Sunday, 12 December 2010

Charles Day: Revealing Hidden Thoughts

- An Interview

"Charlie’s enthusiasm spreads across the pages as he writes twisted and enthralling tales of action and horror. His personable characters bring his stories to life." ~ Rebecca Besser (Winter 2010) Writer and Editor, Living Dead Press.

Charles Day, a 43 year old horror writer from New York, specialises in dark and twisted horror. He has work pending with “Melting Snow,” from Blood Bound Books’ Anthology, Seasons of the Abyss, and “Delightful Fillets,” From Living Dead Press’ Anthology, Book of Cannibals 2, amongst others.

Currently, as well as his various authoring projects, he has just started Hidden Thoughts, a small press, predominantly for non-fiction based on real experiences with mental wellness. So we welcome Charles, and thank him for coming.

“Charles, tell us about yourself.”

Charles: “Well, for starters, I'm just honoured that you offered to have Charlie and I come on your blog for an interview. And I wanted to thank Rebecca for the kind words. I'm so excited to have been offered the opportunity to be published in her 'Book of Cannibal's 2, The Hunger' anthology. I had fun writing this story. Charlie inspired me to bring together this twisted tale.

I'm new at this whole publishing thing, having spent many years honing my love for writing, before seeing any of my work published. I currently have six short stories accepted for publication and a Novella under consideration this year. I've always been a huge fan of anything thriller/horror/suspense, which came from my love of horror movies since I was just knee high to a grasshopper. So finally seeing some of my work in print is a real humbling experience for me.

All I can say about myself is that I'm a full time daddy, husband, and writer, with a great day job at the Family Service league which hosts the NYS office of Aging, in their Long term Care Ombudsman program, a resident advocacy agency that has oversight responsibility in NYS Dept. Of Health Licensed Adult Care Facilities. I'm the coordinator for this program, so I go in to a home whenever one of our volunteers I supervise informs me that there is an alleged incident of resident abuse or neglect to investigate. If I find out the allegation is substantiated, I bring in the State officials to continue our responsibilities to protect the resident.”

“What got you started writing?”

Charles: “I was always into movies as a kid. My friends and I would play out movie characters in our backyards. We also set up our first Halloween haunted house in my parent's basement. We were only about 12 years old, but we made a huge display of horrifying things that would pop out. We scared quite a few kids in our neighbourhood that year. I also read many frightening stories and enjoyed them so much, I started writing my own, and from that point on, I kept writing stories until about 14 years old, then I became a rebel and instead of writing, I started partying with my friends, but that's a story in and of itself.

“You’ve started Hidden Thoughts, tell us about it.”

Charles: “This actually was something that started in my head a year ago with my day job. Since I have a sleuth of agencies, consumers and providers I work with to some degree, I decided it was time to begin getting more information out to those in recovery. I've also been fortunate to get some local and state funding for our non-fiction endeavours. Many of the resident council presidents that live in these adult care facilities are excited about our projects. My goal is to get some real stories of survival and inspiration from residents and people who live in the community to share how they successfully beat their illness and are now in recovery, living normal lives. I will be making these books available at conference and discussion groups, and since I already speak at different events throughout the New York Region, eventually there be some books that our attendees can purchase on their way out.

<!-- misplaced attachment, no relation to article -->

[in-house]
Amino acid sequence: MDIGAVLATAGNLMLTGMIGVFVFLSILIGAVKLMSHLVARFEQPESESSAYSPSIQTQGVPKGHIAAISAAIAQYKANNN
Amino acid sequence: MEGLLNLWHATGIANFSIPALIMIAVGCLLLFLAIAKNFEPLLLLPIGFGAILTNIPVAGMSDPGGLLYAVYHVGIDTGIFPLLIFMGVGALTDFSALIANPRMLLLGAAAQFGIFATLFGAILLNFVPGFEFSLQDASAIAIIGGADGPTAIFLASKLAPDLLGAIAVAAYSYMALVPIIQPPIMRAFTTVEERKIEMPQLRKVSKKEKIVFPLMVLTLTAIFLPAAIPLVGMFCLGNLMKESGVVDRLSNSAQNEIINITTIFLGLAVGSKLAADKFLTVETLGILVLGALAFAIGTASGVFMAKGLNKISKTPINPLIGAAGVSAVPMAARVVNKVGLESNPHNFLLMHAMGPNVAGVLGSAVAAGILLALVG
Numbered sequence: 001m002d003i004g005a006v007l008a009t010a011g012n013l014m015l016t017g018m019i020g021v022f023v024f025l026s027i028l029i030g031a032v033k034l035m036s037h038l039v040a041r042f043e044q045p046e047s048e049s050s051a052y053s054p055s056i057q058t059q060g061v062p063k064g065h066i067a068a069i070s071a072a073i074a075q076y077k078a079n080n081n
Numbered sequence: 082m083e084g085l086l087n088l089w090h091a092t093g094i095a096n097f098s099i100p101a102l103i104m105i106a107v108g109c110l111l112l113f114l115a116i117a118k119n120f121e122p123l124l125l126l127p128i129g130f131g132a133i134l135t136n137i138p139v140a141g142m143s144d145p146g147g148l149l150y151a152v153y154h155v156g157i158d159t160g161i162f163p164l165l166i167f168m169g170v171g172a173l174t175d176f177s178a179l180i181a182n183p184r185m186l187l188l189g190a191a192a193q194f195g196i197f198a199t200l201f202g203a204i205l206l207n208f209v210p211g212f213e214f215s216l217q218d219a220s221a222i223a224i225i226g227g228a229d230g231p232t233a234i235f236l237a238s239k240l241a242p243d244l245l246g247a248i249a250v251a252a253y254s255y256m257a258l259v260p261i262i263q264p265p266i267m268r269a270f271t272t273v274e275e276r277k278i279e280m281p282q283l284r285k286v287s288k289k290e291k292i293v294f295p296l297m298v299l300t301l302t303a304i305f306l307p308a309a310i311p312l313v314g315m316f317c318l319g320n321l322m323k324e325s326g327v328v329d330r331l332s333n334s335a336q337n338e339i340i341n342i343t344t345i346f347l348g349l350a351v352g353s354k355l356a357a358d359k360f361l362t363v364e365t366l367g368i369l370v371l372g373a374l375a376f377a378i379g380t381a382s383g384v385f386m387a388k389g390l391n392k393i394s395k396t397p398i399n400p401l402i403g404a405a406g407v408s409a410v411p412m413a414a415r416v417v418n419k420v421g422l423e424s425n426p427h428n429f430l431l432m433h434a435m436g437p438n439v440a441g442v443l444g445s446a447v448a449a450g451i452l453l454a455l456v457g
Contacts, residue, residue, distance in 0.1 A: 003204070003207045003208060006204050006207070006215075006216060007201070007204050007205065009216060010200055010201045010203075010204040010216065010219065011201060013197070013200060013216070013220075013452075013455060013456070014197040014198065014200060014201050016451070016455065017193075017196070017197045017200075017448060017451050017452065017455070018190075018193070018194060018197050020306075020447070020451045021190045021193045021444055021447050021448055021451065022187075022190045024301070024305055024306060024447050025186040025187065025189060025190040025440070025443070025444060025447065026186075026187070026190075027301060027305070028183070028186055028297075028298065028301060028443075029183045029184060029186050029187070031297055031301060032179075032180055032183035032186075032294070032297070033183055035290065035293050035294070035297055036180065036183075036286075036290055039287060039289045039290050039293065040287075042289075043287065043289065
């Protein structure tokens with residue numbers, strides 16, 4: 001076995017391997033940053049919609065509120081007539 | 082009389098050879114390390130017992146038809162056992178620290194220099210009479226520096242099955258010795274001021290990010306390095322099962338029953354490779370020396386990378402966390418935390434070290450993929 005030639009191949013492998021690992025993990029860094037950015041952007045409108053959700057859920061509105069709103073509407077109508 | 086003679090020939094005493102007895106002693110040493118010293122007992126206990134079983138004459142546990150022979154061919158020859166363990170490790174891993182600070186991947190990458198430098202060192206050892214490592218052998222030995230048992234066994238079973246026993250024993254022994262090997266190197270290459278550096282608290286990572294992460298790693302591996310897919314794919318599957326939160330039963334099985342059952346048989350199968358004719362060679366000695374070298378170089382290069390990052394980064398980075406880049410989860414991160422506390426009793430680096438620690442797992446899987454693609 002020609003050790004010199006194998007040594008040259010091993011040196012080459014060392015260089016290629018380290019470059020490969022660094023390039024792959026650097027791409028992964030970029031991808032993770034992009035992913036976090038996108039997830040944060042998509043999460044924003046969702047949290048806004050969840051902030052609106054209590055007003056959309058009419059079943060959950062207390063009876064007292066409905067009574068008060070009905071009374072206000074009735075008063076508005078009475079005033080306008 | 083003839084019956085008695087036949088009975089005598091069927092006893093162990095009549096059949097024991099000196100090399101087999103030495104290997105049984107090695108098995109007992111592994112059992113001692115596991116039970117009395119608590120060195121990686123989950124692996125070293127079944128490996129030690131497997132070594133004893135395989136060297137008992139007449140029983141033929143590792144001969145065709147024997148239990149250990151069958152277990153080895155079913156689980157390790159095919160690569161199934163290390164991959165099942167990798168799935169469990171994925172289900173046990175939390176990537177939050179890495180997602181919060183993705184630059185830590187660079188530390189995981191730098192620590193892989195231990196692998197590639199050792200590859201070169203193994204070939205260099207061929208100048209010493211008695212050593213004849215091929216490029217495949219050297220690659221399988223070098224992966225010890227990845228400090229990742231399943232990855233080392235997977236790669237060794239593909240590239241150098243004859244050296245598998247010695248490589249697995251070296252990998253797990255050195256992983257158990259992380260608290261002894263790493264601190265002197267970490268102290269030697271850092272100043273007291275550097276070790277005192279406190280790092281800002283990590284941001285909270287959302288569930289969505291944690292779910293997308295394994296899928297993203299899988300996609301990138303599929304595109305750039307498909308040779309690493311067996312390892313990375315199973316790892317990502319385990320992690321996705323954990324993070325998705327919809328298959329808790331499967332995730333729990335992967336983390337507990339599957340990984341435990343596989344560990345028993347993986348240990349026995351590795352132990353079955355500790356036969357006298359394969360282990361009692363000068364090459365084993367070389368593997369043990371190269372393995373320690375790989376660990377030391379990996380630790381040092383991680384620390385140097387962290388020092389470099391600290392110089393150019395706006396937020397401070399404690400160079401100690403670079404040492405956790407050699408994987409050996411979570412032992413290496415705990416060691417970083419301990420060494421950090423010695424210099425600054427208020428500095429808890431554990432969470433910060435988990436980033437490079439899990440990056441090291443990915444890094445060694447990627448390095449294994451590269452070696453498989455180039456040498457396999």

Of course I love anything dark with regards to fiction, so I also plan on opening some fictional anthologies down the road once this really takes off. I figure we can do some psychological thrillers and stories that deal with mental illness.”

“And what are you hoping that it will lead to?”

Charles: “I'm hoping to eventually have a bunch of books for the adult care industry, including an adult home workshop book series that will aid the caregivers looking to place their loved ones into an adult care facility. I want them to know what truly goes on inside, how to find the best home, and answer any questions they may have. I also want this workshop series to be useful to the Providers, so they can share their stories about issues and concerns they have in the homes they own or run.

Of course my ultimate goal is to have non-fiction books that will be geared to all the agencies that help in some way when they provide mental health services to the residents in these homes.

As for the fiction part, well that is more of a personal endeavour. I'm hoping to come out with some really good books that will provide some entertainment for the people we serve and even further out to the general public, so they can see what goes on in the minds of people who are normal just like us, they are just survivors with writing talents to share their fictional thoughts.”

“Your fictional writing... it’s mostly horror. What got you started in the field of the dark and disturbed?”

Charles: “As I alluded to earlier, I began watching horror movies since I was a kid. In fact, my first real scare was watching the Exorcist with my Dad. I must have only been nine when I saw it. I know, what father would allow their young child to watch such a terrifying movie? That is another story I could write. Anyway, I remember that as soon as she turned her head around, I ran out screaming. I was also a big fan of the slasher films of the 80's.